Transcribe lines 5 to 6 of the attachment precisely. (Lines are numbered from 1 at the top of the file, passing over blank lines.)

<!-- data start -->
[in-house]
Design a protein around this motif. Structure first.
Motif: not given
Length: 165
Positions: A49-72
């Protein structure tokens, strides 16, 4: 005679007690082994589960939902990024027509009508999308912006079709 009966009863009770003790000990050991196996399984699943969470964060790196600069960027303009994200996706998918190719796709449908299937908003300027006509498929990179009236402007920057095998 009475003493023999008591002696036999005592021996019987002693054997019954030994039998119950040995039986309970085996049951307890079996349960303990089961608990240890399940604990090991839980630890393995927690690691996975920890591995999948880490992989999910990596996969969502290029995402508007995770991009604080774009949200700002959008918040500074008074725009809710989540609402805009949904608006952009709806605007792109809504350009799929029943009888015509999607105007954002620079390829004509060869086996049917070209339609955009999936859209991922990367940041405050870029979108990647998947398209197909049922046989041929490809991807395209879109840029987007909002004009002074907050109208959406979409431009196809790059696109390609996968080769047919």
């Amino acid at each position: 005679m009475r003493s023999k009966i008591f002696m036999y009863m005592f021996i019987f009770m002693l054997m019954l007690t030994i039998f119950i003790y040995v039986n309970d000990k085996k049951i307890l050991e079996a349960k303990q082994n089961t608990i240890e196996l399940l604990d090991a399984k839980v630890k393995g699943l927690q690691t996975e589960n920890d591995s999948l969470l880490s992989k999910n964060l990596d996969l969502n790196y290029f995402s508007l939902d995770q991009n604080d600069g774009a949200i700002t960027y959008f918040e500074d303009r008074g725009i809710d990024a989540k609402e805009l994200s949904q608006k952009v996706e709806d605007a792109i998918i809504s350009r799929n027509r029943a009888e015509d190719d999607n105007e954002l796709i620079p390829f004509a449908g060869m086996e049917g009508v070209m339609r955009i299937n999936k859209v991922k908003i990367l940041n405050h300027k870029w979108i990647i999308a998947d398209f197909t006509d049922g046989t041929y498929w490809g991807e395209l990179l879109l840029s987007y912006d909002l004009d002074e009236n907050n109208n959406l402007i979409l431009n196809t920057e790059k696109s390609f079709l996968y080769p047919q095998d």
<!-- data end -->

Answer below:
Positions: A49-72
């Protein structure tokens, strides 16, 4: 005679007690082994589960939902990024027509009508999308912006079709 009966009863009770003790000990050991196996399984699943969470964060790196600069960027303009994200996706998918190719796709449908299937908003300027006509498929990179009236402007920057095998 009475003493023999008591002696036999005592021996019987002693054997019954030994039998119950040995039986309970085996049951307890079996349960303990089961608990240890399940604990090991839980630890393995927690690691996975920890591995999948880490992989999910990596996969969502290029995402508007995770991009604080774009949200700002959008918040500074008074725009809710989540609402805009949904608006952009709806605007792109809504350009799929029943009888015509999607105007954002620079390829004509060869086996049917070209339609955009999936859209991922990367940041405050870029979108990647998947398209197909049922046989041929490809991807395209879109840029987007909002004009002074907050109208959406979409431009196809790059696109390609996968080769047919």